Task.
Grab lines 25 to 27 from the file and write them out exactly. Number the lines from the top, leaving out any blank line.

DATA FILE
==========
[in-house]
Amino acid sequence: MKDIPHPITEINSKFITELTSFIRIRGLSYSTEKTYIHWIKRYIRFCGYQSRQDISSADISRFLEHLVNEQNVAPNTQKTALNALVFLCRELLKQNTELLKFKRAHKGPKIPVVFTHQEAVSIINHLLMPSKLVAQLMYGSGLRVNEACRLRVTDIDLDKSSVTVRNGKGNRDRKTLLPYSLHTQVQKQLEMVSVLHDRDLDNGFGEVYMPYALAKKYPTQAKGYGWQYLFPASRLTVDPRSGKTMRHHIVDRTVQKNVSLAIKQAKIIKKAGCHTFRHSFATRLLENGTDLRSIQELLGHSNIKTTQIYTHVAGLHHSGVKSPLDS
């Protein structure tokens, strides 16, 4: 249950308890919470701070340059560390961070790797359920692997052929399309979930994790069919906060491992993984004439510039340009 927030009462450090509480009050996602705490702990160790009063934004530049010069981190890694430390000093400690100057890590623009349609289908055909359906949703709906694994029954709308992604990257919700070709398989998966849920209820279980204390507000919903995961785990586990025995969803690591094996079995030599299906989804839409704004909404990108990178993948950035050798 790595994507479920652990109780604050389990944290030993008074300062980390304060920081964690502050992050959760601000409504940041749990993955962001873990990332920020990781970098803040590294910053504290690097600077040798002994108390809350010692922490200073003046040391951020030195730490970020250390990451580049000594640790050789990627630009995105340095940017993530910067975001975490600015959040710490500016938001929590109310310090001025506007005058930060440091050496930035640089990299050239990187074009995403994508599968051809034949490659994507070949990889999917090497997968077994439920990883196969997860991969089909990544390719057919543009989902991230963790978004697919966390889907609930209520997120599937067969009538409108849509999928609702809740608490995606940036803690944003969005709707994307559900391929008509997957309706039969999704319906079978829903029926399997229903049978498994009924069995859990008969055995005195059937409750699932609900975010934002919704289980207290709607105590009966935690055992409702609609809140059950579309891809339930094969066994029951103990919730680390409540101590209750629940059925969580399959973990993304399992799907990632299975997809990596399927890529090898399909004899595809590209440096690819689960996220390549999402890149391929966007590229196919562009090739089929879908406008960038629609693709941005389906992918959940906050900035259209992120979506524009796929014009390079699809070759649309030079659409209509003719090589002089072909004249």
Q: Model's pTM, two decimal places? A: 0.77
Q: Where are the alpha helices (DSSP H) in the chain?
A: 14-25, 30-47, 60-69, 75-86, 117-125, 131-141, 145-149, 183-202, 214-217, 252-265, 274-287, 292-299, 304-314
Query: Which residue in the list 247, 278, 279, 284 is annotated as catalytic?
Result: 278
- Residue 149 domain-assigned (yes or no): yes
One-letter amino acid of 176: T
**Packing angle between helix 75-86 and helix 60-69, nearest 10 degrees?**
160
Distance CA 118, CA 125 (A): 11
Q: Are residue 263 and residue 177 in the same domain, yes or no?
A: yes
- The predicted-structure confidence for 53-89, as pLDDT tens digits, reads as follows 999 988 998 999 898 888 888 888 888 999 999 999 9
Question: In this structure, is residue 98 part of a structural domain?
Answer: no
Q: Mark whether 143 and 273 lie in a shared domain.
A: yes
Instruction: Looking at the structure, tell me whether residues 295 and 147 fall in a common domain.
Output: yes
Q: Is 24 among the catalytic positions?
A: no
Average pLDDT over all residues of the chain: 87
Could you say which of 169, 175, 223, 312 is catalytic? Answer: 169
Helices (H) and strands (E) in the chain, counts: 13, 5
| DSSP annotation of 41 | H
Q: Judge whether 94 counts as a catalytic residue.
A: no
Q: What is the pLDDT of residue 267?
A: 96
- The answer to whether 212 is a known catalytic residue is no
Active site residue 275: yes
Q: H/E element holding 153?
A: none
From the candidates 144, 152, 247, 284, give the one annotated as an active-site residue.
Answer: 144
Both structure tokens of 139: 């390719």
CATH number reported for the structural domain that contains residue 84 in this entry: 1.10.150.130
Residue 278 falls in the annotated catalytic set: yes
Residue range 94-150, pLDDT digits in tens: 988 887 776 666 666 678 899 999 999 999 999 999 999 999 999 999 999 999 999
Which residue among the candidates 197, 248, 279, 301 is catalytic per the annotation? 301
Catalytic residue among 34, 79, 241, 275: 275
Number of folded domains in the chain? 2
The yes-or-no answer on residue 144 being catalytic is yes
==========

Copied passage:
Average pLDDT over all residues of the chain: 87
Could you say which of 169, 175, 223, 312 is catalytic? Answer: 169
Helices (H) and strands (E) in the chain, counts: 13, 5